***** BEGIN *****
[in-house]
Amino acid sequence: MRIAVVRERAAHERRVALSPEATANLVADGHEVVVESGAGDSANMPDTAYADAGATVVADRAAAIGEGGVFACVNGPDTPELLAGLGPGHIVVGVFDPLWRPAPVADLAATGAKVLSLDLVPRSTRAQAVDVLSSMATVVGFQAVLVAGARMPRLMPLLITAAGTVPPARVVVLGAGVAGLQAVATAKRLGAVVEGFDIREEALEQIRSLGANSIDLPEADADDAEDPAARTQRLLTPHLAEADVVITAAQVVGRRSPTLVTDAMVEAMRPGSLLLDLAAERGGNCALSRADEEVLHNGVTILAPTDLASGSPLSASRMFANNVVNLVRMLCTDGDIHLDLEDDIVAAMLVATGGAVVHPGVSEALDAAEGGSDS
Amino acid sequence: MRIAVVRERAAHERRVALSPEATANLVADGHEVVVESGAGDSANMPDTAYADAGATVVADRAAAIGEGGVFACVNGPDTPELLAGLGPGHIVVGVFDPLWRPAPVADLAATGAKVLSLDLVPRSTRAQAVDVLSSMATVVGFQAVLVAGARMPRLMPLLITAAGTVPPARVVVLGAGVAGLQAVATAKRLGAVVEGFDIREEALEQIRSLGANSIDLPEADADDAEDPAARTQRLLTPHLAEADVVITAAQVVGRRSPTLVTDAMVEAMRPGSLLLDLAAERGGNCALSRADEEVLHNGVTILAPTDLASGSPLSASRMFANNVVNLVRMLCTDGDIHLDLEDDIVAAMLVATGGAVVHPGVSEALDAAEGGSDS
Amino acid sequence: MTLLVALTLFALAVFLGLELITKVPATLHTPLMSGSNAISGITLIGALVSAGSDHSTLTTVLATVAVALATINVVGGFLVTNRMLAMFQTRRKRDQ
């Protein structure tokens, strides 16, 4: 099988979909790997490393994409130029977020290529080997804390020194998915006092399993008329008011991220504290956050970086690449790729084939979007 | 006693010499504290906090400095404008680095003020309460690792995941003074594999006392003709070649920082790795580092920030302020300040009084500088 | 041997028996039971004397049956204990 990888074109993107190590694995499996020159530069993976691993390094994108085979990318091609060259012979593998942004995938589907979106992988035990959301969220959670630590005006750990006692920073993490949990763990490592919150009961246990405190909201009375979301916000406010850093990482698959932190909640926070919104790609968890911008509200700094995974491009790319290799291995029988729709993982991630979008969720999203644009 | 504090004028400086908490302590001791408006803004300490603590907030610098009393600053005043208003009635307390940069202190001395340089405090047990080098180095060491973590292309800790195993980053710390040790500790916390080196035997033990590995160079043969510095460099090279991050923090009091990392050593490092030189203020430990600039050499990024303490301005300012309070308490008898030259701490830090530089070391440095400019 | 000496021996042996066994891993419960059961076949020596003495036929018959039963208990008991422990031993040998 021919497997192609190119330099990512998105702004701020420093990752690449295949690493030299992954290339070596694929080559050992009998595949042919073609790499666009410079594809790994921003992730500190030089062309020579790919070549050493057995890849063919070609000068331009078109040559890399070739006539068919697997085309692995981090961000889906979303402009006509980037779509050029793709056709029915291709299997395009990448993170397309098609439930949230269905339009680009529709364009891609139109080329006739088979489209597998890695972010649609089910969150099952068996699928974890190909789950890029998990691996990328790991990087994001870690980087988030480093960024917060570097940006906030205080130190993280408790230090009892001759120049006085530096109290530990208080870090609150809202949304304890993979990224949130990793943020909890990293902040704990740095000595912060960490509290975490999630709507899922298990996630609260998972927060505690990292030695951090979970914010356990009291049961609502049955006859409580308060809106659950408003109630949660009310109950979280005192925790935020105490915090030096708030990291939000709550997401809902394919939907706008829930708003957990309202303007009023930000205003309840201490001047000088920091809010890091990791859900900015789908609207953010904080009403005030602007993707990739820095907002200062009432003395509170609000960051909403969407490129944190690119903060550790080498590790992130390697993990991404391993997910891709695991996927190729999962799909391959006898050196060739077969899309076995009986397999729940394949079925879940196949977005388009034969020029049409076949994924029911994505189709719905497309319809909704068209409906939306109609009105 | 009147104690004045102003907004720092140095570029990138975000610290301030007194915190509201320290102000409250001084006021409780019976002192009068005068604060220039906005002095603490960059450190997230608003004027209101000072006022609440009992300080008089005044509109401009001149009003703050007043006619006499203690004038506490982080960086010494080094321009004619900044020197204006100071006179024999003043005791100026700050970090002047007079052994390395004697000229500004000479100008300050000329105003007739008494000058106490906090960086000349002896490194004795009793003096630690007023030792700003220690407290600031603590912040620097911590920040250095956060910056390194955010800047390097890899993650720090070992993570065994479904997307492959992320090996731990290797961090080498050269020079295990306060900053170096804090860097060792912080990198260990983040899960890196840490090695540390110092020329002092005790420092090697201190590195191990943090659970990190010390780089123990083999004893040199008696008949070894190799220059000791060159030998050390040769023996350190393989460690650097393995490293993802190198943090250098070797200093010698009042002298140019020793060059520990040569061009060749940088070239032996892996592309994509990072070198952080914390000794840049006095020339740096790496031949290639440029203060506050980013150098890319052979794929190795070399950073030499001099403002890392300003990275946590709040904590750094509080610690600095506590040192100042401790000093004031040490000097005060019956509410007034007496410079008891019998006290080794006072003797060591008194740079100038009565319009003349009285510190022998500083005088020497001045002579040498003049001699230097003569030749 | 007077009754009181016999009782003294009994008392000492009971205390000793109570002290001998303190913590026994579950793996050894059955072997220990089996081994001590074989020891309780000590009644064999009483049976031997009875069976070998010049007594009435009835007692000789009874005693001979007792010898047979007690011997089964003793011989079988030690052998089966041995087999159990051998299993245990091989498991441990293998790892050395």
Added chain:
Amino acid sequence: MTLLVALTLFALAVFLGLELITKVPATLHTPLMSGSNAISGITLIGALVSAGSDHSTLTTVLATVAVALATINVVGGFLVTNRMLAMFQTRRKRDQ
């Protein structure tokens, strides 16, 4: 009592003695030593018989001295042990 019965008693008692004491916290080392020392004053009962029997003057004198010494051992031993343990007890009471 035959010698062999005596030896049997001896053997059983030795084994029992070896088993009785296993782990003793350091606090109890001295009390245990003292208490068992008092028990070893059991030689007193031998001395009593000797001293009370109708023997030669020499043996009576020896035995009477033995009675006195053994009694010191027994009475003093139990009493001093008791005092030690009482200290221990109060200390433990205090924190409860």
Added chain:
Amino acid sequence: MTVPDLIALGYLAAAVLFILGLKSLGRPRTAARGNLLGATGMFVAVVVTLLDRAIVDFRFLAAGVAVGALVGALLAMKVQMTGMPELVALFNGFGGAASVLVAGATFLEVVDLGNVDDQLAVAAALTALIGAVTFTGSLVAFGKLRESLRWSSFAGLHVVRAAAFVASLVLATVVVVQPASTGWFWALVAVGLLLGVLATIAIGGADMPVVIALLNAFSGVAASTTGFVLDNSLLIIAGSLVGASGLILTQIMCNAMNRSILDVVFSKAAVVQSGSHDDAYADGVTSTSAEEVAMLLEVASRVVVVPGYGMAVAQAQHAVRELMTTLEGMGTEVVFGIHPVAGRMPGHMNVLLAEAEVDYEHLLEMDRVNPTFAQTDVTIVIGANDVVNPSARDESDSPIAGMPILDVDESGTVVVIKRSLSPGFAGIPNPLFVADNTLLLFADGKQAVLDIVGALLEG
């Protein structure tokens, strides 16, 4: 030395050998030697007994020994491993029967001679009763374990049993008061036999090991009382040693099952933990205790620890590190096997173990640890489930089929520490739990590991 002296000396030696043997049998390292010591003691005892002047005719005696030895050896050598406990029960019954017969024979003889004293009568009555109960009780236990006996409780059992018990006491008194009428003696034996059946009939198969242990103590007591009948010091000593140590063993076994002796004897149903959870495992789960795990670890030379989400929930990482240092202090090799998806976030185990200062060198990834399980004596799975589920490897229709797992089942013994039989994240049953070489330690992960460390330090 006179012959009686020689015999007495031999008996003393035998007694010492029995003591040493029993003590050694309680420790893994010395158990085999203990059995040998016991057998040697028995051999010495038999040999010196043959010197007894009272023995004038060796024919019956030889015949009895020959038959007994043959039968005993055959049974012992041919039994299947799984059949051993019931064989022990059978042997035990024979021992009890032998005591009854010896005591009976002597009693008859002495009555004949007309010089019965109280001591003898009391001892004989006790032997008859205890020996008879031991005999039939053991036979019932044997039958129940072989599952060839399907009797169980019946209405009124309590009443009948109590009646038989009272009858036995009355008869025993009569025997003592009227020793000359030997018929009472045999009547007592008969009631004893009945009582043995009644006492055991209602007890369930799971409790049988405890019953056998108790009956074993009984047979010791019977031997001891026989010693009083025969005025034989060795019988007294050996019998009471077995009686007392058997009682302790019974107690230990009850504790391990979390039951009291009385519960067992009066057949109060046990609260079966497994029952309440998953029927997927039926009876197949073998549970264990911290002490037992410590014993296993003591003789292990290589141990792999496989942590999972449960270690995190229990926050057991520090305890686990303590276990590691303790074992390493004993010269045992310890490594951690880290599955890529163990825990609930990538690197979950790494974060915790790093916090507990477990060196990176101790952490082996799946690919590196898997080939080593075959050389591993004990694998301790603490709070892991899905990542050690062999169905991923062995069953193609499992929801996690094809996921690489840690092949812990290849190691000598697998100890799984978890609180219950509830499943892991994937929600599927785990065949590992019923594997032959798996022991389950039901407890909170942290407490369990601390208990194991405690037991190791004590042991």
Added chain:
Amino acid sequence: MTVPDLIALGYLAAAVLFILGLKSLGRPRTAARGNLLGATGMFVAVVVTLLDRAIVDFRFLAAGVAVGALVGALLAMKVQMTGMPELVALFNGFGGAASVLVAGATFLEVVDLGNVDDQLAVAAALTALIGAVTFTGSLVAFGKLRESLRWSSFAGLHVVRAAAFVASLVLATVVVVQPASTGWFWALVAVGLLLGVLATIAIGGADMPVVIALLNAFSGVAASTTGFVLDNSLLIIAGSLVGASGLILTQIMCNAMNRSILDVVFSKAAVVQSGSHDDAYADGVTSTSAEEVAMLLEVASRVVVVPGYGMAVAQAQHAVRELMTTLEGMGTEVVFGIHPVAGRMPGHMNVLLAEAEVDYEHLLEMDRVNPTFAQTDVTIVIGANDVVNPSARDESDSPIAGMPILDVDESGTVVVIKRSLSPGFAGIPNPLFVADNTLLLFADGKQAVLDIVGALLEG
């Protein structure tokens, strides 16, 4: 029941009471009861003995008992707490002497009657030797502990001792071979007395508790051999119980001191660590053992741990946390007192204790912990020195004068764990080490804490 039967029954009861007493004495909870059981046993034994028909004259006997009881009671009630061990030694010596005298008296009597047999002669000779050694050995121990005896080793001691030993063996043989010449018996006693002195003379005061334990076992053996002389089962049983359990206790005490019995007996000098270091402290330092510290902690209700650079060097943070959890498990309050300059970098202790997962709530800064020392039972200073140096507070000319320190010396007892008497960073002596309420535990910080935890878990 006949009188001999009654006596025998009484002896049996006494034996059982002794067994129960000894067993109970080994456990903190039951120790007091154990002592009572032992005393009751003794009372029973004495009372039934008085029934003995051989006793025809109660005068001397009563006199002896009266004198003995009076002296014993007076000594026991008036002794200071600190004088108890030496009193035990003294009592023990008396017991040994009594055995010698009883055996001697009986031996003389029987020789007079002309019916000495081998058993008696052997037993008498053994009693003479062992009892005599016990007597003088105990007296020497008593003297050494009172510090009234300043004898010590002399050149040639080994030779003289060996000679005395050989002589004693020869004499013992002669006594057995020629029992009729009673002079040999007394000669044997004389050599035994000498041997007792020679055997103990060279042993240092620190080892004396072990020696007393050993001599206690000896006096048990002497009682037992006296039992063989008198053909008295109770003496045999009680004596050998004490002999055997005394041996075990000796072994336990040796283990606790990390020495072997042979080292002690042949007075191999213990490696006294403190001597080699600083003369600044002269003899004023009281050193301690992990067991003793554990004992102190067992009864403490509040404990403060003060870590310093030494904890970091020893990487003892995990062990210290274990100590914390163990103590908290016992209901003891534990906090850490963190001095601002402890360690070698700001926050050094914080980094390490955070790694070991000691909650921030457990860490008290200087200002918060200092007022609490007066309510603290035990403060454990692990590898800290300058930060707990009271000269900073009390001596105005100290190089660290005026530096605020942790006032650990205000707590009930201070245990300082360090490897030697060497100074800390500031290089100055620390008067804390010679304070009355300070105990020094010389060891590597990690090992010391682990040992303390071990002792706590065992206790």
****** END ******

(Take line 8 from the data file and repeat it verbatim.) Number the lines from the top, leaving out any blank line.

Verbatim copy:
């Protein structure tokens, strides 16, 4: 009592003695030593018989001295042990 019965008693008692004491916290080392020392004053009962029997003057004198010494051992031993343990007890009471 035959010698062999005596030896049997001896053997059983030795084994029992070896088993009785296993782990003793350091606090109890001295009390245990003292208490068992008092028990070893059991030689007193031998001395009593000797001293009370109708023997030669020499043996009576020896035995009477033995009675006195053994009694010191027994009475003093139990009493001093008791005092030690009482200290221990109060200390433990205090924190409860």